Cell-Coated Stent as Effective as DES, but Fewer Drugs Are Needed

 

November 14, 2008

November 14, 2008 - A stent that entices artery-lining cells to coat it works as well, or better than, drug-eluting stents (DES) in keeping arteries open in coronary heart disease patients, according to two research studies presented this week at the American Heart Association's Scientific Sessions 2008 in New Orleans.

The new endothelial progenitor cell-capturing (EPC) stent made by OrbusNeich is coated with an antibody that binds endothelial progenitor cells circulating in the blood. A number of smaller, randomized studies have shown that the stent is effective in carefully selected patients.

The new findings came from real-world patients who typically receive stents to restore adequate blood flow to the heart instead of carefully selected trial patients.

"Randomized trials have the advantage of a very good control group, but they usually have very restrictive exclusion and inclusion criteria; so results from randomized trials cannot be extrapolated to everyday patients," said Sigmund Silber, M.D., chief of cardiology at Moller Hospital Munich in Munich, Germany, and the first author of the large, multicenter stenting study.

In one study, Dr. Silber and colleagues reported the one-year outcomes of 1,640 patients treated with the stent in an international study conducted outside the U.S.

"The most significant finding was that the rate of stent blockage was really low," Dr. Silber said. "The number of patients who needed another catheterized heart intervention within a year was also low."

Patients were treated at 144 sites around the world and entered into an electronic registry. Their average age was 62.8 years, 78.7 percent were males, 25 percent had diabetes, and 36.7 percent had suffered a prior heart attack.

Based on results of previous studies, physicians pretreated 73.8 percent of the patients with statin drugs, which increase the number of endothelial progenitor cells in the blood.

Most patients received two anti-clotting drugs, generally aspirin and clopidogrel, for one month.

Researchers found one year after stenting:
- Only 1 percent of the patients suffered a stent-related blood clot.
- 2.1 percent of the patients died of cardiac causes; 1.8 percent of those were heart attacks.
- 5.4 percent required a revascularization procedure on the treated artery; a catheter-based procedure was used in 5.1 percent to restore blood flow.
- 9.3 percent experienced major adverse cardiac events (MACE), which included heart attacks, unexpected bypass surgery, treatment-related catheter-based revascularization, and cardiac death.
- Among diabetic patients, 4.7 percent had undergone revascularization procedures, the MACE rate was 10.3 percent, and 1.1 percent had stent-related blood clots.

"The stent appears very safe, even in diabetics," Dr. Silber said. "I don't think EPC-capturing stents will replace drug-eluting stents, but whenever you decide not to use a drug-eluting stent, this stent is a good alternative."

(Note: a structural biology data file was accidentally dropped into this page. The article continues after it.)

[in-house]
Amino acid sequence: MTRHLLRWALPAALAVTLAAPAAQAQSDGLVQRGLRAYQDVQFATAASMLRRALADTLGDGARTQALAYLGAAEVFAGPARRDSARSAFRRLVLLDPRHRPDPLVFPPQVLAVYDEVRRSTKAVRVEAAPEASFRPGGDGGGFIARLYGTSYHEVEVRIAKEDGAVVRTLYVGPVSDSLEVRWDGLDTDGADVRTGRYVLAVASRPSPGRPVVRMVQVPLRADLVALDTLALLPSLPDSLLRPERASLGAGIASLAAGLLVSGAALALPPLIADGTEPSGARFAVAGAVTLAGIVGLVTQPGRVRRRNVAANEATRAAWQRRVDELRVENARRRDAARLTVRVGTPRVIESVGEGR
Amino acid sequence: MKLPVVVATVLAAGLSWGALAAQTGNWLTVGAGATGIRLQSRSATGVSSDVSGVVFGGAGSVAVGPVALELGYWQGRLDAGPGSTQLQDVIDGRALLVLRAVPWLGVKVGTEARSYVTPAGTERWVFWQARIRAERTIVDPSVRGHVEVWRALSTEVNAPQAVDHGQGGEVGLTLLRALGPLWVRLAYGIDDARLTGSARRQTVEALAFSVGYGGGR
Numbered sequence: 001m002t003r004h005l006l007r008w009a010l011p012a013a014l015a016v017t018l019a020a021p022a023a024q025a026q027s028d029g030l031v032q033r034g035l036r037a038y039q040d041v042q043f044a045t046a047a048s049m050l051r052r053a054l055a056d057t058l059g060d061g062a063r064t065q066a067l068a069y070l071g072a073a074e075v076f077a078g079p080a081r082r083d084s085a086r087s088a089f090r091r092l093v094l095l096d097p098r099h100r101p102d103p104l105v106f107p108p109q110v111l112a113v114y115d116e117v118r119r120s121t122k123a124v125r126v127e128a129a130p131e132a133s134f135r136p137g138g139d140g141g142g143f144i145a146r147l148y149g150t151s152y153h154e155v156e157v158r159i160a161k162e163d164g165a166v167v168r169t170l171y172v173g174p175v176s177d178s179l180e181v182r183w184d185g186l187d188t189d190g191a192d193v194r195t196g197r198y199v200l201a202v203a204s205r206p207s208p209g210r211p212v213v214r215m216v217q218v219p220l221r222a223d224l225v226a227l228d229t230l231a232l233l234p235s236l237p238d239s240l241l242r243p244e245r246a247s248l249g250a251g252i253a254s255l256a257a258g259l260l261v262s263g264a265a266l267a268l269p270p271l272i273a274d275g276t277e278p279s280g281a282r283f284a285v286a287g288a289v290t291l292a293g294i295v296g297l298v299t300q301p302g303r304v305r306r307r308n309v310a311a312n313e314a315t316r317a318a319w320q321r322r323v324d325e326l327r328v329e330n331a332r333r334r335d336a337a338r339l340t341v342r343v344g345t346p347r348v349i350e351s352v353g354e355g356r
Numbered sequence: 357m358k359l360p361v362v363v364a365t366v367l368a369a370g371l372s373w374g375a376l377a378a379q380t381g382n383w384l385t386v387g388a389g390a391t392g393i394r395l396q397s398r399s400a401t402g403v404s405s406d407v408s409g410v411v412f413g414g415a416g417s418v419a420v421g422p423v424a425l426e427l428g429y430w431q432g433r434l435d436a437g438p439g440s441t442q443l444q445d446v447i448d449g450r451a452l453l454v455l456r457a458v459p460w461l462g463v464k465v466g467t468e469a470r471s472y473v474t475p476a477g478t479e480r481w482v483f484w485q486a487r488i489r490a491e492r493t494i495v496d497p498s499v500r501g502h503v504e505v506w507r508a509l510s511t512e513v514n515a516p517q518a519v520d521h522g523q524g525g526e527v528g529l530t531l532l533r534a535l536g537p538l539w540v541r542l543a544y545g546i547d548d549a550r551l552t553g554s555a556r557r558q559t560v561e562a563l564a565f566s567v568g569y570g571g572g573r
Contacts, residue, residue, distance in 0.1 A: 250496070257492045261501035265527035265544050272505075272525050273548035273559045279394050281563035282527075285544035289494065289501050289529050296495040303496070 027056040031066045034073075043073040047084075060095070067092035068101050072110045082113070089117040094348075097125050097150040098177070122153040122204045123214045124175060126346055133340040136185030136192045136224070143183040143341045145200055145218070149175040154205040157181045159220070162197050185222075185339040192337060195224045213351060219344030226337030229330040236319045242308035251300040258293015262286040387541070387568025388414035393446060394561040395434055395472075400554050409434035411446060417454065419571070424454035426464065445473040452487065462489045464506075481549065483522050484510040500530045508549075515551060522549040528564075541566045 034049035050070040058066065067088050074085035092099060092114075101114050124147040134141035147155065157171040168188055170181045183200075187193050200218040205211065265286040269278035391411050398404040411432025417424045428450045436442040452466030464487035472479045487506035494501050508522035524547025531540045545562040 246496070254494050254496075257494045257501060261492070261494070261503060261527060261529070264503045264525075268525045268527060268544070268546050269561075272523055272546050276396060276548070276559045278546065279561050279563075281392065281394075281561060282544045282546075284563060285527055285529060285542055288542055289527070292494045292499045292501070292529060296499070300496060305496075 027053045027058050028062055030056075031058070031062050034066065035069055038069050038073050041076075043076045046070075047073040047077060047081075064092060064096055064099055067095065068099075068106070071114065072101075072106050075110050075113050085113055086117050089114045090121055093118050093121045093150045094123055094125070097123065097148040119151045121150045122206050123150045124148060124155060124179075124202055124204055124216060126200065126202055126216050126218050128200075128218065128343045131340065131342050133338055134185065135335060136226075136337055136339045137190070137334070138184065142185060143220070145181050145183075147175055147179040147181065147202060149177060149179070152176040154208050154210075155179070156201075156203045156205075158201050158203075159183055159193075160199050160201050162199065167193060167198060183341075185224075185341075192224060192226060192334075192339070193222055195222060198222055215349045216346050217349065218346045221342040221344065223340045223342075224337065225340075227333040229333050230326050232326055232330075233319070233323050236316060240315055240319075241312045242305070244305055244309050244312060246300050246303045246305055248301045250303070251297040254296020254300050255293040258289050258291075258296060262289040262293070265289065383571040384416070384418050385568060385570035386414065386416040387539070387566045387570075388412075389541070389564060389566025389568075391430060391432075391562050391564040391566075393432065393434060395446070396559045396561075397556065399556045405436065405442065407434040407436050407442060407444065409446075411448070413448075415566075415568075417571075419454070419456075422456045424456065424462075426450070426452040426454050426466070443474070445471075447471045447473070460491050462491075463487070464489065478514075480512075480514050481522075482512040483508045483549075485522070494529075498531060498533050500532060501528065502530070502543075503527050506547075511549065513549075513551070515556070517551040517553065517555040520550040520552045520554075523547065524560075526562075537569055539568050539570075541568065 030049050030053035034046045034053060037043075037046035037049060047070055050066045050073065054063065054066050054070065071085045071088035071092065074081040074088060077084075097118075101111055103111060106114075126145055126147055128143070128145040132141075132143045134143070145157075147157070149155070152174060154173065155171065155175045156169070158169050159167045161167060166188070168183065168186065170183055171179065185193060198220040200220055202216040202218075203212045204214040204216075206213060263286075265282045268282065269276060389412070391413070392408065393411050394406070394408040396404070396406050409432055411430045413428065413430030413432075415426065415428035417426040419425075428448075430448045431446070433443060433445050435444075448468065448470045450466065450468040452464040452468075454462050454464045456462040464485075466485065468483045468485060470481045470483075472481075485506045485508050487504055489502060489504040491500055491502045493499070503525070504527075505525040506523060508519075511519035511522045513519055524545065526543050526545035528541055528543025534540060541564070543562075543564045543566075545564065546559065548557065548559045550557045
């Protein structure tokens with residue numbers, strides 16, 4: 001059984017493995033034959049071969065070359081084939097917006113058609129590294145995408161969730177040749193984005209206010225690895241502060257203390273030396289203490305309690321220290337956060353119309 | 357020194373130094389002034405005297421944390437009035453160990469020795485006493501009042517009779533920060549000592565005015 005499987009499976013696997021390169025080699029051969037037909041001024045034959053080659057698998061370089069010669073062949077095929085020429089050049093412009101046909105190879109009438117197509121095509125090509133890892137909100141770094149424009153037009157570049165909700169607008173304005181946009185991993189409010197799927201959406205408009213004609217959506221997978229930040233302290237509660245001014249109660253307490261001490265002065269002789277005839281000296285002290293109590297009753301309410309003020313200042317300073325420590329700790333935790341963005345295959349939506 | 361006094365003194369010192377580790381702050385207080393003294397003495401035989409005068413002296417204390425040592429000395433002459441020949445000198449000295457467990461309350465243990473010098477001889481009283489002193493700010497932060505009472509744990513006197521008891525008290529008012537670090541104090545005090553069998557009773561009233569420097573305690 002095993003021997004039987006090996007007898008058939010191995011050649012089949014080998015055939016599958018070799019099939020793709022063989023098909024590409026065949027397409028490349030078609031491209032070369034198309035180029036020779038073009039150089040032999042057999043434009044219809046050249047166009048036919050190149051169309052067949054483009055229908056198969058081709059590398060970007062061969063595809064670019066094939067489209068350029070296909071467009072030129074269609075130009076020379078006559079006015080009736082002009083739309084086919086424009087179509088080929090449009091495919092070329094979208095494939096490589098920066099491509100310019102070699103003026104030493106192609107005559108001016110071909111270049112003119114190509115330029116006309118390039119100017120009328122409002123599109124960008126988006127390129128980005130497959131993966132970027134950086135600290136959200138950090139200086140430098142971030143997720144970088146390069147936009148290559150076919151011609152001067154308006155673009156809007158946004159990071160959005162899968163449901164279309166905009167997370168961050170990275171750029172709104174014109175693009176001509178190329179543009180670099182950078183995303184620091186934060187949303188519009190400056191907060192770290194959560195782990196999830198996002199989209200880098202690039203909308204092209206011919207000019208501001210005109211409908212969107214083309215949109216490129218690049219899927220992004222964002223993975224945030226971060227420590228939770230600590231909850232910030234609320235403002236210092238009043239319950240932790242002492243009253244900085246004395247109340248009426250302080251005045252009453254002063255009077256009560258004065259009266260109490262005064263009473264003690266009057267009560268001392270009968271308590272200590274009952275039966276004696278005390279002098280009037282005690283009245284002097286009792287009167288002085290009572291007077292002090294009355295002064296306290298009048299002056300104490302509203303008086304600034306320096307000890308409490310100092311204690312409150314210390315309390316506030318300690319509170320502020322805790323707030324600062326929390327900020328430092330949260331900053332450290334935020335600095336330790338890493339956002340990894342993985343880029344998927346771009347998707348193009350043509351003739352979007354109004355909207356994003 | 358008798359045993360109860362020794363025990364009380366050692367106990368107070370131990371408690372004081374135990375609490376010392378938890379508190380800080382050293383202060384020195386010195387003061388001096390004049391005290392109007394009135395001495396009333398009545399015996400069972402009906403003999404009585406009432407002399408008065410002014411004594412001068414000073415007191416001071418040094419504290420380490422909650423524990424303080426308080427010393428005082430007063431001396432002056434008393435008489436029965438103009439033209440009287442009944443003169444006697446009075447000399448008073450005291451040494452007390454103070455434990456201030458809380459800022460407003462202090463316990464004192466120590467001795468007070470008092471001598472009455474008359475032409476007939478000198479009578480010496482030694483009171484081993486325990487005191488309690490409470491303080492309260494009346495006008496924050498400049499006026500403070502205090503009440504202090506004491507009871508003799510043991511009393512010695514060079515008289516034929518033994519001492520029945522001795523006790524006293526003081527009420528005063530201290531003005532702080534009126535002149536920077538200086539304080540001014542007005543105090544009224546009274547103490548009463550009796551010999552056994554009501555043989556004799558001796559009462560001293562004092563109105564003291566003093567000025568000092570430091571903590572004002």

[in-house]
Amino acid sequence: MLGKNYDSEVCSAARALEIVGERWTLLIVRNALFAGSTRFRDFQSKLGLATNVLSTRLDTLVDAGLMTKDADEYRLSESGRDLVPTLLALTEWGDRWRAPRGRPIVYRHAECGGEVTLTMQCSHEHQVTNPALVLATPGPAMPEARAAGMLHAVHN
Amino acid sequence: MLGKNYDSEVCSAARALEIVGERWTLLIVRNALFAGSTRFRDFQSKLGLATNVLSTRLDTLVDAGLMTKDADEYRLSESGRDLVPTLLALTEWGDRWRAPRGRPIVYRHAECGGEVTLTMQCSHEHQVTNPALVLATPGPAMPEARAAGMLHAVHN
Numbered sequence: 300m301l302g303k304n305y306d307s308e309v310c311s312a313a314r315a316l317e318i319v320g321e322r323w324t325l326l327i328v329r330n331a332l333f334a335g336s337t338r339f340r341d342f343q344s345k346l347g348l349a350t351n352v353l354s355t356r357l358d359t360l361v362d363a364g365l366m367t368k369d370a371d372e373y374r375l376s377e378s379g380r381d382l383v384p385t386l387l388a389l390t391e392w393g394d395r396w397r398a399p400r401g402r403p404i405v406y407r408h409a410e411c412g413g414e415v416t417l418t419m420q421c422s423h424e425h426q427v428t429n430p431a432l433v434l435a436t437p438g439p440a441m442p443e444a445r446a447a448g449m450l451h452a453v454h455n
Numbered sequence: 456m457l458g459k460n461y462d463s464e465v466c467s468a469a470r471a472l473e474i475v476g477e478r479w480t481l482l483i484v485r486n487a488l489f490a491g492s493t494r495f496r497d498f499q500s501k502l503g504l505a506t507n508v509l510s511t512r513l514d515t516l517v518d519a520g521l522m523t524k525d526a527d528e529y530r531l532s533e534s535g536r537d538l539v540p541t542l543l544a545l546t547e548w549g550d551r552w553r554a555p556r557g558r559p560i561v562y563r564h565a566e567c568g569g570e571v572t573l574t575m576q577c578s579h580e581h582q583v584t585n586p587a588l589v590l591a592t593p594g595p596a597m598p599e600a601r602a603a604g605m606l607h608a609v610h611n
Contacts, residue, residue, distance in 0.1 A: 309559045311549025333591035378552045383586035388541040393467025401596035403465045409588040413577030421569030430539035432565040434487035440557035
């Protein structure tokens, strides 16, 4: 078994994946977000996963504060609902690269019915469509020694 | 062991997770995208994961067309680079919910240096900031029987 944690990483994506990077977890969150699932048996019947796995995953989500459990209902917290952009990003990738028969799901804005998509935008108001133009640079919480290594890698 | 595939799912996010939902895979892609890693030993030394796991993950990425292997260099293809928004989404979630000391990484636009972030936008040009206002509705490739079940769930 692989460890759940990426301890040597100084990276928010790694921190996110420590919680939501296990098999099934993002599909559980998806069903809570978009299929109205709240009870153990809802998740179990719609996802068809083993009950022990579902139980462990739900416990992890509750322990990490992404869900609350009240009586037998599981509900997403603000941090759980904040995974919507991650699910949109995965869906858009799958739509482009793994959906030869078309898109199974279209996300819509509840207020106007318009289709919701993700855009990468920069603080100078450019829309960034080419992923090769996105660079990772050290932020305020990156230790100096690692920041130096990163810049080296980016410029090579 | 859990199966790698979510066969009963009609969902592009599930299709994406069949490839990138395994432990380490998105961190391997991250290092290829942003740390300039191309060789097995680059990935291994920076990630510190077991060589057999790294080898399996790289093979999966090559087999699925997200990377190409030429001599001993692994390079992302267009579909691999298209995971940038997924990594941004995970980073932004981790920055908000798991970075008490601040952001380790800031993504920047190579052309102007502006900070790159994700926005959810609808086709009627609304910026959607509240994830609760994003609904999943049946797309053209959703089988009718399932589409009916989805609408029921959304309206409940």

In a separate study, researchers reported the one-year clinical outcome of 236 mainly high-risk patients treated with an EPC-capturing stent at the Academic Medical Center of the University of Amsterdam in The Netherlands.

Until recently, two types of stents were used in daily practice; the bare-metal stent and the DES. The latter is coated with an antiproliferative drug to reduce the risk of restenosis.

"The long-term safety concerns of the drug-eluting stent are late stent thrombosis (stent-related blood clots) and an associated increased risk of bleeding, due to long-term dual antiplatelet therapy," said Margo Klomp, M.D., first author of the Amsterdam study and a medical fellow at the Academic Medical Center.

In the single-center Dutch study, Klomp and her colleagues reported on patients with mainly complex lesions who were stented at the Amsterdam center between September 2005 and March 2007. The patients' average age was 65, 72 percent were male, and 14 percent had diabetes.

The researchers' one-year follow-up findings included:
- 3 percent of the patients died, of whom 0.8 percent died of cardiac causes.
- 10.2 percent required a repeat revascularization procedure of the treated vessel.
- 1.2 percent (three patients) had suffered stent thrombosis, which were angiographically documented and occurred within 24 hours, at seven days, and at 18 days, respectively.
- The MACE rate, composed of cardiac death, target lesion revascularization and myocardial infarction, was 13.6 percent.

"Further research on the stent is being performed in a two-armed study, the TRIAS Program, at the Academic Medical Center," Dr. Klomp said. "In one arm, TRIAS LR, the EPC-capturing stent is being compared with the bare-metal stent in patients with a low risk of develop a new blockage. In the other arm, TRIAS HR, the EPC-capturing stent is being compared with conventional drug-eluting stents in people with a high risk of restenosis."

OrbusNeich funded the international study. The Academic Medical Center funded the single-center Amsterdam study.

For more information: www.americanheart.org